What do new critical infrastructure laws mean for Australian businesses?
Under tough new critical infrastructure legislation, anyone who refuses to allow Australia’s cybersecurity forces to access their business computers can be jailed for up to two years.
Parliament recently passed amendments to the Security of Critical Infrastructure Act 2018. This gives government authorities increased power to take action against those in the private sector who do not cooperate with their efforts to tighten up security against cyberattacks.
These new powers are among the toughest cybersecurity laws in the world.
Critical infrastructure laws now extend across more industries
The Security Legislation Amendment (Critical Infrastructure) Bill significantly expands the number of sectors classified as critical infrastructure.
Companies operating in communications, financial services, data storage and processing, as well as higher education, will now fall under critical infrastructure laws and be subject to mandatory reporting of cyberattacks. The legislation also extends to the healthcare, food and space technology sectors.
These industries join essential infrastructure sectors such as transport, aviation, gas, ports, water, fuel, electricity, hospitals, research and defence under the cybersecurity regime.
Harsh consequences for non-compliance
The expanded powers authorise the Australian Federal Police to force entry into a business and arrest individuals if they do not provide access to their business computer systems. It also makes reporting of cyberattacks mandatory and gives “last resort” powers to the Australian Signals Directorate to intervene.
People in critical infrastructure businesses who do not respond to an Australian Signals Directorate order (for it to take control of their company’s computer systems) face two year jail terms and fines up to $26,640. Corporations face fines up to $133,200.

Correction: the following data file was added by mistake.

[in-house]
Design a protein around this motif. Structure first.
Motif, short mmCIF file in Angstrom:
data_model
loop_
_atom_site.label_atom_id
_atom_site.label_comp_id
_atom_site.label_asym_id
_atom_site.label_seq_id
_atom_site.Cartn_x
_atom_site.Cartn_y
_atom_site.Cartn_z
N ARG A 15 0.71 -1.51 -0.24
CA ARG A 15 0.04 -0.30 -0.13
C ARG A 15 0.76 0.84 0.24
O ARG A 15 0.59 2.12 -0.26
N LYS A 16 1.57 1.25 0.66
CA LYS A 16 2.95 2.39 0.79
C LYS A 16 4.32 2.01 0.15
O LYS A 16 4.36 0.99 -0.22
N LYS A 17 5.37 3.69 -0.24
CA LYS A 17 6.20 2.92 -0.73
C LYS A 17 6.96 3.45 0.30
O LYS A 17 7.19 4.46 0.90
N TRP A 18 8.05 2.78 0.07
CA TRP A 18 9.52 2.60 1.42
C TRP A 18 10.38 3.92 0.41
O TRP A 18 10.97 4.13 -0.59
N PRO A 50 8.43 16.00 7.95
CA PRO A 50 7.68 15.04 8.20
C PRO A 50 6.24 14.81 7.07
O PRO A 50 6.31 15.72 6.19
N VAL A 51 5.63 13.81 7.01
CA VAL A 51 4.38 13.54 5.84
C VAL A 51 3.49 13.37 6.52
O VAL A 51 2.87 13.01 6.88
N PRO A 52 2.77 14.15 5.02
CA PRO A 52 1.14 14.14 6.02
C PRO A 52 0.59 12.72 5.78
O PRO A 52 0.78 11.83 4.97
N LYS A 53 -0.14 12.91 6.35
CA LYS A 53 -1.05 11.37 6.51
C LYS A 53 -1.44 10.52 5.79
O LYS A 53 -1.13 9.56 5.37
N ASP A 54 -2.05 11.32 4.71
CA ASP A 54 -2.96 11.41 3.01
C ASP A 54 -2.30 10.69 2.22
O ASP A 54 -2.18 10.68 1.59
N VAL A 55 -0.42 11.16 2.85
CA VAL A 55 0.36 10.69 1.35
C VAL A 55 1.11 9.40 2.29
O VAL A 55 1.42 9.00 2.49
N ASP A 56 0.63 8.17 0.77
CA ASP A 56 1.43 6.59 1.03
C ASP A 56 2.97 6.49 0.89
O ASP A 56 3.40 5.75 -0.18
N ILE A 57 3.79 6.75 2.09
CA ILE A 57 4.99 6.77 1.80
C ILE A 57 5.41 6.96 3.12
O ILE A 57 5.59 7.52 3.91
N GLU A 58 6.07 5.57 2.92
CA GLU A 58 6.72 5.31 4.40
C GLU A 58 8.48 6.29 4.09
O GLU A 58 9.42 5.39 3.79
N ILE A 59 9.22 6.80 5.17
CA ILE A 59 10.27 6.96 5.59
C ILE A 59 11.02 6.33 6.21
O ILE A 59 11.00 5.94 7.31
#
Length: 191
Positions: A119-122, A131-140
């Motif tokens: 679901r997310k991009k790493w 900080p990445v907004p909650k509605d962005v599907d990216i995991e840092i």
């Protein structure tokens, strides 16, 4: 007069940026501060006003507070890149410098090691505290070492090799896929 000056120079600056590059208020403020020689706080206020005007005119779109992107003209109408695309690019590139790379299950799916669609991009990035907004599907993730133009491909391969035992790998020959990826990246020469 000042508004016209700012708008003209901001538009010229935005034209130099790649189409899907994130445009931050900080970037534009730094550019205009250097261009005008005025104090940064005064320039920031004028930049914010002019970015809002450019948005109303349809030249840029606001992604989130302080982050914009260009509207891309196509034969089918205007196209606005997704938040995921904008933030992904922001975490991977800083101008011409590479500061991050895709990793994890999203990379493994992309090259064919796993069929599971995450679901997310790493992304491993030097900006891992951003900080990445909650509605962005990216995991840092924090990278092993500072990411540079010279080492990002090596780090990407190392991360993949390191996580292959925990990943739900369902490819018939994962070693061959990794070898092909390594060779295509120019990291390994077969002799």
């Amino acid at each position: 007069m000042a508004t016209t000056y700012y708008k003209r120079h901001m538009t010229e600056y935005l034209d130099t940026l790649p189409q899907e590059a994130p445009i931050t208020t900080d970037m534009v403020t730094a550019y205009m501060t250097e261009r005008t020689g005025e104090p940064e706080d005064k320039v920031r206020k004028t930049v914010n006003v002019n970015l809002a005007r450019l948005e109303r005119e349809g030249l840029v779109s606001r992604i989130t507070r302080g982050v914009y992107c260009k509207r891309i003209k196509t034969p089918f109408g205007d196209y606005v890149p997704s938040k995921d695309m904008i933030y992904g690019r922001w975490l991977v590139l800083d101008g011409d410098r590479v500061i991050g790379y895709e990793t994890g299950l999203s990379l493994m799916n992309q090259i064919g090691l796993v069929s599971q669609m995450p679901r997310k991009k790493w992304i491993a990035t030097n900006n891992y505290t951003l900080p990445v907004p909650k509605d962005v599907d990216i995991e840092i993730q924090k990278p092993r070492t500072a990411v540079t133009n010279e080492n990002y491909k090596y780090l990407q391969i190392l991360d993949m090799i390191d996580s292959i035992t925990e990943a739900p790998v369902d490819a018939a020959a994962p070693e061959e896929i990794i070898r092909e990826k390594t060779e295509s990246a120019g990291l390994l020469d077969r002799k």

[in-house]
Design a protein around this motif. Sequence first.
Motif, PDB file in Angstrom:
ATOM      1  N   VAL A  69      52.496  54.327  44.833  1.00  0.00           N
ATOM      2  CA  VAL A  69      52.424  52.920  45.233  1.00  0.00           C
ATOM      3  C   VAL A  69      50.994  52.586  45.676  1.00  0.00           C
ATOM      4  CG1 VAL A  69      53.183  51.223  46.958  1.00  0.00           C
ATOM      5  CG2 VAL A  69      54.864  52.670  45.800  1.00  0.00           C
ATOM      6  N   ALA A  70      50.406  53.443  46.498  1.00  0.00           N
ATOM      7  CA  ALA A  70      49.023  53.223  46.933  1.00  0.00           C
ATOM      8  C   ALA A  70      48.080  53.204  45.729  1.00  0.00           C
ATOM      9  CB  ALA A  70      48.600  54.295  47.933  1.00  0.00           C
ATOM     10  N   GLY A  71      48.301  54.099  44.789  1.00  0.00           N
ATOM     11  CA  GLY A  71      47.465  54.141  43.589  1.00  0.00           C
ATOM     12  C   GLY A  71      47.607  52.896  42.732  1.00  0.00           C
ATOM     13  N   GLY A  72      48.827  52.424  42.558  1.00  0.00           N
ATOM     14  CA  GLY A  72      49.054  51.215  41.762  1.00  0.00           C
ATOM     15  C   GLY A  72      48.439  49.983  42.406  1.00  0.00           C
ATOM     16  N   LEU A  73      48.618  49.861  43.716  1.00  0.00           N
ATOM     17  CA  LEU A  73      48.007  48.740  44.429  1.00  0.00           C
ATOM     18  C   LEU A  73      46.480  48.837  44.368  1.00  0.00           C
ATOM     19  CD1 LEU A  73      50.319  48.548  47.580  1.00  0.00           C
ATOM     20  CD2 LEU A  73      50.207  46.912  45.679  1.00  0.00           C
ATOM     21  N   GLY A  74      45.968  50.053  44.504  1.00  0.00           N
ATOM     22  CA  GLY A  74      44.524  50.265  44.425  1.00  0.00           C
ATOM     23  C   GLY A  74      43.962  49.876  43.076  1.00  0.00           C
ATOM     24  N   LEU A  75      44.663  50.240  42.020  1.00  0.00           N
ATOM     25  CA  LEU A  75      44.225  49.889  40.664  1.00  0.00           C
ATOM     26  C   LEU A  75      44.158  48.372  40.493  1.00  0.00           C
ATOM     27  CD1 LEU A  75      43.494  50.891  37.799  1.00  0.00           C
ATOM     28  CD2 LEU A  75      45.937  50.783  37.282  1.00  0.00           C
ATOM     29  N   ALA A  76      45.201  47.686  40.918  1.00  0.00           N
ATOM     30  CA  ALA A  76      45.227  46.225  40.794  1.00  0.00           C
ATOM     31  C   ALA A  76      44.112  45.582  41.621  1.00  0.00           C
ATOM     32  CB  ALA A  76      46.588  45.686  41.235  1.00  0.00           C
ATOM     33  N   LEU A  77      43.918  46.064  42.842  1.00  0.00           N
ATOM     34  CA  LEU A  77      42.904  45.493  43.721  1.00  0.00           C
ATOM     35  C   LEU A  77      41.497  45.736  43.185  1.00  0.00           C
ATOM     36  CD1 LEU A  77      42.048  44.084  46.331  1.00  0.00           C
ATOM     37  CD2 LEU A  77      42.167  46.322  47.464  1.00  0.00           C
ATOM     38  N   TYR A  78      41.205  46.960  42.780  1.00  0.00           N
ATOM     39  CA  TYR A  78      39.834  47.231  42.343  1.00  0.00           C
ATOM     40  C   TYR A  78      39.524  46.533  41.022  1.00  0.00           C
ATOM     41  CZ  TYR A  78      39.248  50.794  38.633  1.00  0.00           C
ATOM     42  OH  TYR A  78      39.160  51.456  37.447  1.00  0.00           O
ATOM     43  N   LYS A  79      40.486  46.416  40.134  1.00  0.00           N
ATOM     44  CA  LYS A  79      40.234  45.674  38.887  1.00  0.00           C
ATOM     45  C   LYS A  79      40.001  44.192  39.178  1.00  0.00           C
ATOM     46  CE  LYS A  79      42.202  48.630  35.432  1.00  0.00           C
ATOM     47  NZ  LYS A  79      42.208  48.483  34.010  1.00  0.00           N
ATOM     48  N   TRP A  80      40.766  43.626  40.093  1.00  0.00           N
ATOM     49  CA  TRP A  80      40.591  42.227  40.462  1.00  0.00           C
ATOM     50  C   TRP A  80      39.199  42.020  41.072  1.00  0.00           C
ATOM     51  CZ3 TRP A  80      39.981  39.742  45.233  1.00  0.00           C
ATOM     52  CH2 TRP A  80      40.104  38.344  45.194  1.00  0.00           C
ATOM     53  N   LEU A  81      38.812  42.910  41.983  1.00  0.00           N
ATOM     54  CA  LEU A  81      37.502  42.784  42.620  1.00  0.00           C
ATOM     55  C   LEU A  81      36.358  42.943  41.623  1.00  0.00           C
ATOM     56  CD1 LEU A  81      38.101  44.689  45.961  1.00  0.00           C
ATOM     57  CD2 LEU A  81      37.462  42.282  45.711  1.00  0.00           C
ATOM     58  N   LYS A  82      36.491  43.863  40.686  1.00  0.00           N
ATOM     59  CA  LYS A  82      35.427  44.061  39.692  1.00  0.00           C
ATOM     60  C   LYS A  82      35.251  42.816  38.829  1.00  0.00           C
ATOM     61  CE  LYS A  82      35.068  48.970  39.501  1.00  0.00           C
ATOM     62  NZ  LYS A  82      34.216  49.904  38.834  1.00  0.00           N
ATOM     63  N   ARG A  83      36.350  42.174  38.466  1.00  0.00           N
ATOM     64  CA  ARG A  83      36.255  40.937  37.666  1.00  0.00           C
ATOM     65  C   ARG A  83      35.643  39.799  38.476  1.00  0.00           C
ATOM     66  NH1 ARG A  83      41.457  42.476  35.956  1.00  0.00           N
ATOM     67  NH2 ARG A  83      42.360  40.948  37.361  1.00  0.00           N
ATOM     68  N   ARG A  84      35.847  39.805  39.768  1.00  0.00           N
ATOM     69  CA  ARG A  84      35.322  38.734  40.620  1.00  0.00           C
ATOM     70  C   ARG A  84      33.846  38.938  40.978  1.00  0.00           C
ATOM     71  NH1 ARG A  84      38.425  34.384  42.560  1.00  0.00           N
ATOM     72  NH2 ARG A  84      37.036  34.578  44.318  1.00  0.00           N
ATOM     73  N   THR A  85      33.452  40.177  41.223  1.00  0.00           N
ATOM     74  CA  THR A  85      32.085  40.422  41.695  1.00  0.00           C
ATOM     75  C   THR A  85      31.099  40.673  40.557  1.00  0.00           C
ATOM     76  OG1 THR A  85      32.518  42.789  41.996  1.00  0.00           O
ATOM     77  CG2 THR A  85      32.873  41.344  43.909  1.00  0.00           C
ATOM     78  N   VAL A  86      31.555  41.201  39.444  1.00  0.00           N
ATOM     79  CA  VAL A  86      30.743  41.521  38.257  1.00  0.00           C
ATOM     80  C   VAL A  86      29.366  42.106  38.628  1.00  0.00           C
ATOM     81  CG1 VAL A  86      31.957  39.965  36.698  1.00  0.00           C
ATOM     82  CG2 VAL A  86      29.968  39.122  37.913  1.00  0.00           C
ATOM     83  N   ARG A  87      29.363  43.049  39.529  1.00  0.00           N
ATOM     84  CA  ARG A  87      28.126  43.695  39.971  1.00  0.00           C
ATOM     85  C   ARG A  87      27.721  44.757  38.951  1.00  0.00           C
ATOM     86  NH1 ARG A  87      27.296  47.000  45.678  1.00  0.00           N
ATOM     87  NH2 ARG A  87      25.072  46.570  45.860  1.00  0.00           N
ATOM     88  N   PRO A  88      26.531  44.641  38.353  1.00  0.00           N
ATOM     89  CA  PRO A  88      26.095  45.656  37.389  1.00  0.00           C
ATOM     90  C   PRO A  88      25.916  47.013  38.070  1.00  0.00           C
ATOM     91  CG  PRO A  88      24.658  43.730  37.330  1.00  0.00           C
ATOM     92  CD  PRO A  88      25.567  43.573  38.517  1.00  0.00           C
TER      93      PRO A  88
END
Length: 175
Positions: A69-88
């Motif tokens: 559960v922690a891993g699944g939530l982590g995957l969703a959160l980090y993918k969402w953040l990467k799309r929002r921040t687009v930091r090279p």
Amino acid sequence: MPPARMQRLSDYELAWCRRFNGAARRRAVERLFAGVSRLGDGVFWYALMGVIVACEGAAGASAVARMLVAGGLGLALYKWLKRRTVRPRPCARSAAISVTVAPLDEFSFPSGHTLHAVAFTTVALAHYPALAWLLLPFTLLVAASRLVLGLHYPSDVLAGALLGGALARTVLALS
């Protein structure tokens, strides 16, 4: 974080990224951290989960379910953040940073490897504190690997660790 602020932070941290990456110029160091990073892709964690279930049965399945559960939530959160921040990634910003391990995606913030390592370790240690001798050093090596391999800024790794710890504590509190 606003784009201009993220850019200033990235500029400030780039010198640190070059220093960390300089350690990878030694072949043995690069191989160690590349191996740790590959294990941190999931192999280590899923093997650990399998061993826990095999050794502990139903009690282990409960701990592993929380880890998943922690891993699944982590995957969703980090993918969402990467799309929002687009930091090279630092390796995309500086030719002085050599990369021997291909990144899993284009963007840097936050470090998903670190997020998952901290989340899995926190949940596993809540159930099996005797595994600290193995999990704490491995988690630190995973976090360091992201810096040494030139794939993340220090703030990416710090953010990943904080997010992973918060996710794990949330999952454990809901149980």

Failure to report a cyberattack on business computers can result in a fine of $11,100.
Law reforms intended to protect Australians from cyberattacks
Home Affairs Minister Karen Andrews said the extra powers were needed to protect critical infrastructure from cyberattacks and to impose cybersecurity obligations on assets most important to the nation. (See Critical infrastructure reforms to protect the essential infrastructure we all rely on, Minister for Home Affairs, October 2021.)
Ms Andrews likened the new powers to fire codes and building regulations, designed to protect Australians from the growing threat of cyberattacks.
Concerns around government powers to access business data
While investigating cyberattacks, government authorities now have the power to “access, add, restore, copy, alter or delete data” on a business computer.
This is causing unease among businesses, which may have to install government software on their networks. This, in turn, could allow government agencies to gain access to their internal communications and data and even direct the company to take certain actions.
Given the tough penalties in this new legislation, it’s important for businesses to understand whether the new laws apply to them, and if so, how to comply with the new rules.